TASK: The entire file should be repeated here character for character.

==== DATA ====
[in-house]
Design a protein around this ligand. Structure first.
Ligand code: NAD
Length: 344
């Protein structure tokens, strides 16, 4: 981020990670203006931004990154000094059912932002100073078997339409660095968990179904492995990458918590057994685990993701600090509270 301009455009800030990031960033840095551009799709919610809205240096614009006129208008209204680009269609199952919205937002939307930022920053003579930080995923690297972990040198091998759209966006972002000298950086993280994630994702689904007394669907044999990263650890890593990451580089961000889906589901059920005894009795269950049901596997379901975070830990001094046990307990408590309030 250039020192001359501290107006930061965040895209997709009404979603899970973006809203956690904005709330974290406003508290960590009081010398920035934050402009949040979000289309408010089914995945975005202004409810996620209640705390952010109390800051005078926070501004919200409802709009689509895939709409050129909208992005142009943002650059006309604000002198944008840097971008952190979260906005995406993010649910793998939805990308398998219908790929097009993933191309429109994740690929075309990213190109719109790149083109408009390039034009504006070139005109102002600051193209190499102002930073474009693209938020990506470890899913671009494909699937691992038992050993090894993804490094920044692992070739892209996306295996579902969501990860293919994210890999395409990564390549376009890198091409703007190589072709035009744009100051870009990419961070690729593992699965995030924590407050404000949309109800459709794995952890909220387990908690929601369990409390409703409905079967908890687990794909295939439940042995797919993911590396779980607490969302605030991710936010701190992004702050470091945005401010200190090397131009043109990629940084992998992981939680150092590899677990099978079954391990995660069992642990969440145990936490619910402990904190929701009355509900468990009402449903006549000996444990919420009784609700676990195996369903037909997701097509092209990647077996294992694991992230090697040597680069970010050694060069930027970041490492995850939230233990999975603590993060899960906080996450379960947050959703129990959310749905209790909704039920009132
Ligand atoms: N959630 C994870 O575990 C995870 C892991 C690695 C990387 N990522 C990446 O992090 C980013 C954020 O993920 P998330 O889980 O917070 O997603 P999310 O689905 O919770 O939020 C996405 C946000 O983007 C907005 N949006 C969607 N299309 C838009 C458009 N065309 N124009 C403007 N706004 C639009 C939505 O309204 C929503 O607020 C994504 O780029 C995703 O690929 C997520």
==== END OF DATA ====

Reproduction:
[in-house]
Design a protein around this ligand. Structure first.
Ligand code: NAD
Length: 344
């Protein structure tokens, strides 16, 4: 981020990670203006931004990154000094059912932002100073078997339409660095968990179904492995990458918590057994685990993701600090509270 301009455009800030990031960033840095551009799709919610809205240096614009006129208008209204680009269609199952919205937002939307930022920053003579930080995923690297972990040198091998759209966006972002000298950086993280994630994702689904007394669907044999990263650890890593990451580089961000889906589901059920005894009795269950049901596997379901975070830990001094046990307990408590309030 250039020192001359501290107006930061965040895209997709009404979603899970973006809203956690904005709330974290406003508290960590009081010398920035934050402009949040979000289309408010089914995945975005202004409810996620209640705390952010109390800051005078926070501004919200409802709009689509895939709409050129909208992005142009943002650059006309604000002198944008840097971008952190979260906005995406993010649910793998939805990308398998219908790929097009993933191309429109994740690929075309990213190109719109790149083109408009390039034009504006070139005109102002600051193209190499102002930073474009693209938020990506470890899913671009494909699937691992038992050993090894993804490094920044692992070739892209996306295996579902969501990860293919994210890999395409990564390549376009890198091409703007190589072709035009744009100051870009990419961070690729593992699965995030924590407050404000949309109800459709794995952890909220387990908690929601369990409390409703409905079967908890687990794909295939439940042995797919993911590396779980607490969302605030991710936010701190992004702050470091945005401010200190090397131009043109990629940084992998992981939680150092590899677990099978079954391990995660069992642990969440145990936490619910402990904190929701009355509900468990009402449903006549000996444990919420009784609700676990195996369903037909997701097509092209990647077996294992694991992230090697040597680069970010050694060069930027970041490492995850939230233990999975603590993060899960906080996450379960947050959703129990959310749905209790909704039920009132
Ligand atoms: N959630 C994870 O575990 C995870 C892991 C690695 C990387 N990522 C990446 O992090 C980013 C954020 O993920 P998330 O889980 O917070 O997603 P999310 O689905 O919770 O939020 C996405 C946000 O983007 C907005 N949006 C969607 N299309 C838009 C458009 N065309 N124009 C403007 N706004 C639009 C939505 O309204 C929503 O607020 C994504 O780029 C995703 O690929 C997520």